End of Fannie and Freddie? Bill aims to strip federal backing

Proposal would draw financing from user-generated fees rather than tax dollars

New York /
Mar.March 13, 2014 12:07 PM

Fannie Mae and Freddie Mac may soon cease to exist, should legislation introduced by the Senate banking committee Tuesday pass.

Private capital would have to take the first 10 percent of mortgage losses under the proposed bill, which would remove much of the federal backing that repackaged mortgage-backed securities have enjoyed since Fannie and Freddie were placed into government conservatorship five years ago. The move would form a Federal Mortgage Insurance Corp. functioning similarly to the Federal Deposit Insurance Corp., which would ensure that financing remains accessible to qualified buyers. User fees would generate funds, rather than tax dollars.

The change aims to ultimately dissolve Fannie and Freddie completely, according to a statement from Idaho Senator Mike Crapo released Tuesday morning.

“Government control of Fannie and Freddie with no private capital to protect taxpayers against losses is unacceptable,” Crapo said in the press release, adding that the form would “move us toward a stronger housing system that provides a balance between providing broad access to mortgages.”

The proposal caught several industry-watchers off guard, the New York Observer reported, with some saying the legislation would destabilize the multifamily sector.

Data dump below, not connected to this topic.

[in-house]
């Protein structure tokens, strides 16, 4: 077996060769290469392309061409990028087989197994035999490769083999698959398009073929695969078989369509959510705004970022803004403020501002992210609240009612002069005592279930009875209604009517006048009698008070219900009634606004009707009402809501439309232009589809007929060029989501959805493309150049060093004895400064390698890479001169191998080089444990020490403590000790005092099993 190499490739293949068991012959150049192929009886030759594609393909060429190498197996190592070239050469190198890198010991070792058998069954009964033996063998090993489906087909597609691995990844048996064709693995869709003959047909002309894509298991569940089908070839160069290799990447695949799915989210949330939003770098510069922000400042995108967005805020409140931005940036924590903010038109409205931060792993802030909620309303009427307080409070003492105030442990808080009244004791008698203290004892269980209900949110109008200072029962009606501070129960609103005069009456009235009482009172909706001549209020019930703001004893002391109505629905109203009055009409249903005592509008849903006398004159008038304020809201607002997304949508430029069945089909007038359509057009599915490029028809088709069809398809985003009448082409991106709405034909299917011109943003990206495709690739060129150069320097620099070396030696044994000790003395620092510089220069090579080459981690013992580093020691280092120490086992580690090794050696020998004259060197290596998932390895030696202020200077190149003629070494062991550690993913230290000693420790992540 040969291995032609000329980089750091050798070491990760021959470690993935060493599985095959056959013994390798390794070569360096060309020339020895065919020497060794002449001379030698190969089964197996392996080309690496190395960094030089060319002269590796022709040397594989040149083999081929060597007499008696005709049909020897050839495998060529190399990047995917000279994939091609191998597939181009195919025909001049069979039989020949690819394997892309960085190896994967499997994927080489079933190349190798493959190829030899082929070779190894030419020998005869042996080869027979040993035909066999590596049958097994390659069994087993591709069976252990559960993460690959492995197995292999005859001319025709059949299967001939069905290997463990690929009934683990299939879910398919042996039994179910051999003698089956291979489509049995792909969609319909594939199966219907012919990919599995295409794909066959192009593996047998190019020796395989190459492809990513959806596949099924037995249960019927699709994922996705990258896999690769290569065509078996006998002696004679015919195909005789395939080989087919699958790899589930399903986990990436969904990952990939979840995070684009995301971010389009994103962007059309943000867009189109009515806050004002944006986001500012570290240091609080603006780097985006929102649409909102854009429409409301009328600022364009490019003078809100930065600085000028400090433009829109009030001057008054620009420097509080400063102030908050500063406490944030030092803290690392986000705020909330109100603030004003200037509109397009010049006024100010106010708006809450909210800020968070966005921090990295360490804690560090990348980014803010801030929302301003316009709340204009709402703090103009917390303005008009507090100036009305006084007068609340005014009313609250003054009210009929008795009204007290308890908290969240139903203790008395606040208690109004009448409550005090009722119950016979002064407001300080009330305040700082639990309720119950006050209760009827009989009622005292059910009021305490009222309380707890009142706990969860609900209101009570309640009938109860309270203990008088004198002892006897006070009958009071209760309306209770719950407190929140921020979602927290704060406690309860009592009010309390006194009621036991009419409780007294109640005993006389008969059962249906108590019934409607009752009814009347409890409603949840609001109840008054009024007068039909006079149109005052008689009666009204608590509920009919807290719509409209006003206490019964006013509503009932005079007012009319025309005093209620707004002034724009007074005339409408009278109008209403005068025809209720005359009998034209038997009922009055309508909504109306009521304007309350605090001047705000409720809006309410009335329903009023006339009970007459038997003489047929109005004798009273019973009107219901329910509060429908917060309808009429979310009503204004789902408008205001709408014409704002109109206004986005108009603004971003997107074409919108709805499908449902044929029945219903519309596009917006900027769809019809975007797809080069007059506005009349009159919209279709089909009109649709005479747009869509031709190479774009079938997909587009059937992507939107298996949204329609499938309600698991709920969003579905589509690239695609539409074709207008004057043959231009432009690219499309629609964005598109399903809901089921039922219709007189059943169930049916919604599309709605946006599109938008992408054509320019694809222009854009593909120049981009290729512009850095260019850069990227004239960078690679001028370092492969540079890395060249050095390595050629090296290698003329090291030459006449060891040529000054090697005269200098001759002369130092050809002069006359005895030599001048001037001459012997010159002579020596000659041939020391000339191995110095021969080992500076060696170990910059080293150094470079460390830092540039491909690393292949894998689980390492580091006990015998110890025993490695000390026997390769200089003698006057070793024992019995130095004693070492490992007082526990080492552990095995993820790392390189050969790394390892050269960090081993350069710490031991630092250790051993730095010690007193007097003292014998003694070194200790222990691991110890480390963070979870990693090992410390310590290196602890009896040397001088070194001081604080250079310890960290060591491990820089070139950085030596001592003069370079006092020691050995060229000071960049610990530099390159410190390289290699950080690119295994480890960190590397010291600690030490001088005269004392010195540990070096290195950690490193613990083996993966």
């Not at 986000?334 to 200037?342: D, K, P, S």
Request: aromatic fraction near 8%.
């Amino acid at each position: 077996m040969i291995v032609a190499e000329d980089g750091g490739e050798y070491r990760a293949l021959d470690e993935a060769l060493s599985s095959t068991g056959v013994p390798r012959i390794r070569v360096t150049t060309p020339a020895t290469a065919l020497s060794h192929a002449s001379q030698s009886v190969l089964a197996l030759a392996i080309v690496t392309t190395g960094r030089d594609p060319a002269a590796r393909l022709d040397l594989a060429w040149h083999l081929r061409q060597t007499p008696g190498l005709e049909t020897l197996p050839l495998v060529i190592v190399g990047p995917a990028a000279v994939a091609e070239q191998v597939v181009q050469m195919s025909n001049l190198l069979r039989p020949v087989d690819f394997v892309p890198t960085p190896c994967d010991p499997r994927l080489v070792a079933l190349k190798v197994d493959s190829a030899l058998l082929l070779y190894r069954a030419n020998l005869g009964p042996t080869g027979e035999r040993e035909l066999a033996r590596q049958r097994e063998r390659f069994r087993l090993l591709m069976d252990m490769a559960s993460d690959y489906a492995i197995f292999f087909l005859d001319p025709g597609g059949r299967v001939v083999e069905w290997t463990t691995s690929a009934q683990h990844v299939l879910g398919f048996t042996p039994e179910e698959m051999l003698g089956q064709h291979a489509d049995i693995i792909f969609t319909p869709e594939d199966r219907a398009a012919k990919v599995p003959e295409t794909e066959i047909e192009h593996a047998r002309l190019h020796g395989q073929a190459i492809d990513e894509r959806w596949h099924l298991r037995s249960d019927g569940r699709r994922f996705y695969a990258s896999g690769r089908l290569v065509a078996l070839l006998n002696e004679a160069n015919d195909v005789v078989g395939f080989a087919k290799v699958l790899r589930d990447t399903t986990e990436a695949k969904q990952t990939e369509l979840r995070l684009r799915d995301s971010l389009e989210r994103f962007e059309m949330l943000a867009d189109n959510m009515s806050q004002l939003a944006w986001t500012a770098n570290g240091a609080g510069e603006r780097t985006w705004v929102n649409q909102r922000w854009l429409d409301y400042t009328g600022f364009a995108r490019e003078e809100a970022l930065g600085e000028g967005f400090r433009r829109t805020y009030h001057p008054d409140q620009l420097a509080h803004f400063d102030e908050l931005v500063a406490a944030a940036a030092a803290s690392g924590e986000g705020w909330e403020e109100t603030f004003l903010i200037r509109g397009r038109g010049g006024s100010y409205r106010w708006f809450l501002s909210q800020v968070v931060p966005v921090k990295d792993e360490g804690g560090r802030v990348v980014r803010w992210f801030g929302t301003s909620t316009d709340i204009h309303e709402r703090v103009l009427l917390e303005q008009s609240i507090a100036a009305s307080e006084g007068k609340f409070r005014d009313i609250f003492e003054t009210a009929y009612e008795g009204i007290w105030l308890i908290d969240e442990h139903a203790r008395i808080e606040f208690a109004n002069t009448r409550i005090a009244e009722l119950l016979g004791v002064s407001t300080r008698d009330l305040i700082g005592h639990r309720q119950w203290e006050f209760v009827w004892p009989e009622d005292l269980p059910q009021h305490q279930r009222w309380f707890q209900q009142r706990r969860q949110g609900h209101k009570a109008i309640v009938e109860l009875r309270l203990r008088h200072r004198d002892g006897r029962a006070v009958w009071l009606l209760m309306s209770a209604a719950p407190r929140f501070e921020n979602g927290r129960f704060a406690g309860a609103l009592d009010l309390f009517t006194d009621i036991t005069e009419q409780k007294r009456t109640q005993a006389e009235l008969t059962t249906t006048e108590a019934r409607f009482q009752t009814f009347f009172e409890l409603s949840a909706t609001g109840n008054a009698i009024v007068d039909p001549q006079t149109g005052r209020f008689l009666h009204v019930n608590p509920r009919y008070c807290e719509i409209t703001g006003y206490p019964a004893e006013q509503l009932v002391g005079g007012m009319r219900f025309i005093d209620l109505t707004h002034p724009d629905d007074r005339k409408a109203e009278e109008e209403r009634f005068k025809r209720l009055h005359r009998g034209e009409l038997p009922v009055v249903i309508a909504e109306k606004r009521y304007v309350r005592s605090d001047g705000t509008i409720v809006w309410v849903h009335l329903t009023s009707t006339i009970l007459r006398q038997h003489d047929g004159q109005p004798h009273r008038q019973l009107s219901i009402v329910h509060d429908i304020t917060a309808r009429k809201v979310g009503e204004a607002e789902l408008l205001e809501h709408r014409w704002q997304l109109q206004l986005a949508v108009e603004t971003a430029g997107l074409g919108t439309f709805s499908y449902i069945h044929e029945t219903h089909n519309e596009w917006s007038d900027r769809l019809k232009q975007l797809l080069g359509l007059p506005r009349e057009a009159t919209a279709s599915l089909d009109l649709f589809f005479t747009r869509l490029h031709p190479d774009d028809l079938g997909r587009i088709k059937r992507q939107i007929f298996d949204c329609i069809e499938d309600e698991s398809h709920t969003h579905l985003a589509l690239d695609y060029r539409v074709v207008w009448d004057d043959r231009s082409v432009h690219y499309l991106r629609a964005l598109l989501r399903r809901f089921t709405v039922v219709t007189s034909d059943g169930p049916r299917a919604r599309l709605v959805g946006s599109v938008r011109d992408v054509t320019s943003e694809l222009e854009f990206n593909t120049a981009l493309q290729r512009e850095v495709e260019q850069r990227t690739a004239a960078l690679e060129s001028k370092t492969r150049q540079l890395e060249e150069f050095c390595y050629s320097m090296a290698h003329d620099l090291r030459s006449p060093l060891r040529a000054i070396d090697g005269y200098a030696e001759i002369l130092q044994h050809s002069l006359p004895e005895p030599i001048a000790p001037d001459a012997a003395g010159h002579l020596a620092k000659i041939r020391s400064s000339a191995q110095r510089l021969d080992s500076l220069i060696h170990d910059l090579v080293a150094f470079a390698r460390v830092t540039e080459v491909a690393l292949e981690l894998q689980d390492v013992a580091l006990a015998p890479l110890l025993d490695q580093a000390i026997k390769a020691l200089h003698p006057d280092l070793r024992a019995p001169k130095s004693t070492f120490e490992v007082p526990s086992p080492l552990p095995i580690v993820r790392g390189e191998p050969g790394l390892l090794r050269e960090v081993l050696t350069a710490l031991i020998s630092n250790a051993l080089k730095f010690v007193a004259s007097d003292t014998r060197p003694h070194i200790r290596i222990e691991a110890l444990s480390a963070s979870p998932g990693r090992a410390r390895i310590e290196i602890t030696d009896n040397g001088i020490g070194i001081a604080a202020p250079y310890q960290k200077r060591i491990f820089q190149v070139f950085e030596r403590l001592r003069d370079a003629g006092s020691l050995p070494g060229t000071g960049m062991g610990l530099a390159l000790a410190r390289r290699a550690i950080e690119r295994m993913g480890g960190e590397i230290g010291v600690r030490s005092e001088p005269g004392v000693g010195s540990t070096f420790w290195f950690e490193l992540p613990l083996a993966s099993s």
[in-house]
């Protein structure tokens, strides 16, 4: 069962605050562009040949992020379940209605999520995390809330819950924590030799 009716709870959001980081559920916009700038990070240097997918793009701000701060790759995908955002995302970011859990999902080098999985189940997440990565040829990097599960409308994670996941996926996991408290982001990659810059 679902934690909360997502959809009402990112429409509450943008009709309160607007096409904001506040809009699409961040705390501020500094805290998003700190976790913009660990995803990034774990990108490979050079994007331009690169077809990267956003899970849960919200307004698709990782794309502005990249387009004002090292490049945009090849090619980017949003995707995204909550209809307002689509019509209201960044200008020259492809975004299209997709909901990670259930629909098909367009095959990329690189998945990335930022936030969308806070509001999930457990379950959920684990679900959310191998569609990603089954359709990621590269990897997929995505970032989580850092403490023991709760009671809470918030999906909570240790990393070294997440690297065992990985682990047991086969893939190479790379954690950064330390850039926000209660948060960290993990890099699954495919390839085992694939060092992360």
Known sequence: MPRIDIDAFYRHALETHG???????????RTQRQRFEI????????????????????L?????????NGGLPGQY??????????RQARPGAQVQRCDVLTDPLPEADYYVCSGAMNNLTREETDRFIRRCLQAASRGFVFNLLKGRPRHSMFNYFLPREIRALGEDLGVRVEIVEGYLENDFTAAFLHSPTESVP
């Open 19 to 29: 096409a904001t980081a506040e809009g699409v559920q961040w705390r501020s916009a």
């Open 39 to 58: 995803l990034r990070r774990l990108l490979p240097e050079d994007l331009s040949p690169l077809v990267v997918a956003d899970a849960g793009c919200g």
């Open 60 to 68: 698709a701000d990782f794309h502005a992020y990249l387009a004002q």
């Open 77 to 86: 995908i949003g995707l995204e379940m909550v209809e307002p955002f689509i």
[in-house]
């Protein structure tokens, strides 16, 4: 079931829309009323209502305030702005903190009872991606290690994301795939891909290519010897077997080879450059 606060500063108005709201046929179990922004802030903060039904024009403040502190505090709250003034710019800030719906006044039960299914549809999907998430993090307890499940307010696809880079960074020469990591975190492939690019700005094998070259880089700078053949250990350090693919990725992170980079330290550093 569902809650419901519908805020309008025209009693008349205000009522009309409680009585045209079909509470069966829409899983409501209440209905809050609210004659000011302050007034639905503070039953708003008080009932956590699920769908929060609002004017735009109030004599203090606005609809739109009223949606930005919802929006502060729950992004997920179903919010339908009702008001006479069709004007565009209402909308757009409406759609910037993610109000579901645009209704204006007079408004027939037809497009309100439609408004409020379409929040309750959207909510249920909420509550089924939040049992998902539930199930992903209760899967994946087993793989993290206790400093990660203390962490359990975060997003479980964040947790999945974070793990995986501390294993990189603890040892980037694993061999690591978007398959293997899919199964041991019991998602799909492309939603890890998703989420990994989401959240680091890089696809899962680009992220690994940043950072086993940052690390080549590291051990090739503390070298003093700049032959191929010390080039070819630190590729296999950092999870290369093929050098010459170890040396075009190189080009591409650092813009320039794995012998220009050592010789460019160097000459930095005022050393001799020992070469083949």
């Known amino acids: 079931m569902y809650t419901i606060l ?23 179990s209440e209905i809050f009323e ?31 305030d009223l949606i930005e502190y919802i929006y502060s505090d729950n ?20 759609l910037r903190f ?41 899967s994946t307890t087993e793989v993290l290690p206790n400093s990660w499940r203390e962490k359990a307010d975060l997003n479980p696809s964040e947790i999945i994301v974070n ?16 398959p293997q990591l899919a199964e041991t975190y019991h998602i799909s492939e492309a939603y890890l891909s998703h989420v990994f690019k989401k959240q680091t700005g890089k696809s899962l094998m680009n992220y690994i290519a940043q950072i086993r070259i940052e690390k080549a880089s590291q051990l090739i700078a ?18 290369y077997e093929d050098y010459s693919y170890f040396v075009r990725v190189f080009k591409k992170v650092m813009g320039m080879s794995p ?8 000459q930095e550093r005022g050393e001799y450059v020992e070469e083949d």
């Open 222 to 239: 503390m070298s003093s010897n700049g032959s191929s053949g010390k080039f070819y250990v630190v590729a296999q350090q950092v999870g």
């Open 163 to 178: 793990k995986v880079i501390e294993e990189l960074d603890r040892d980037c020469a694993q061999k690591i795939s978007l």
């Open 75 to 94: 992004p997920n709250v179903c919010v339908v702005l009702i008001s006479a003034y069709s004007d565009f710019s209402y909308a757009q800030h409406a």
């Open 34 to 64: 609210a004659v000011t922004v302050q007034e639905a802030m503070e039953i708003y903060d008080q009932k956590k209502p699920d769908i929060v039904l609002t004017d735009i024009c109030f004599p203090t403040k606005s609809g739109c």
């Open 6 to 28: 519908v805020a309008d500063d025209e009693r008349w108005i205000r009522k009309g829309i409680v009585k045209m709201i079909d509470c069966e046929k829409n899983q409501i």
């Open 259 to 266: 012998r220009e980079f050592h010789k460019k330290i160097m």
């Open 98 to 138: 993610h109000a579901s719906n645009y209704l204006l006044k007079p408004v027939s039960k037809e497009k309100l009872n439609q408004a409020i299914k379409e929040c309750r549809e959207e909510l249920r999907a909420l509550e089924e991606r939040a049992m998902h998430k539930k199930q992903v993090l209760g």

“Today is a bad day,” Greenberg Traurig head Robert Ivanhoe told the Observer. “I am sure many people in the real estate industry are concerned about the winding down of the largest source of liquidity for multi-family apartment properties, by far, and how they will be financed in the future.” [NYO]Julie Strickland


Related Articles

arrow_forward_ios
From left: Fannie Mae's Hugh Frater and Freddie Mac's Michael DeVito
Government to back home loans over $1M
Government to back home loans over $1M
Residential Real Estate, Housing Market, Fannie Mae
Sentiment sinks deeper as market sidelines buyers and sellers
Sentiment sinks deeper as market sidelines buyers and sellers
Equifax CEO Mark Begor (Photo Illustration by Steven Dilakian for The Real Deal with Getty Images)
Equifax error might have harmed (or helped) mortgage applicants
Equifax error might have harmed (or helped) mortgage applicants
314 Wilson Avenue in Bushwick, Pennrose Holdings' Mark Dambly (Pennrose Holdings, Hope Gardens)
Pennrose, Acacia land $117M Freddie Mac loan in Bushwick
Pennrose, Acacia land $117M Freddie Mac loan in Bushwick
(iStock)
Mortgage rates falling back toward 5%
Mortgage rates falling back toward 5%
Fannie Mae's Doug Duncan (Fannie Mae, iStock)
Optimism continues slide among would-be homebuyers
Optimism continues slide among would-be homebuyers
A photo illustration of a crystal ball predicting future home prices (iStock)
Home sales, building to slow: Fannie Mae
Home sales, building to slow: Fannie Mae
(iStock/Illustration by Kevin Rebong for The Real Deal)
Existing-home sales leapt 6.7% in January
Existing-home sales leapt 6.7% in January
arrow_forward_ios

The Deal's newsletters give you the latest scoops, fresh headlines, marketing data, and things to know within the industry.

Loading...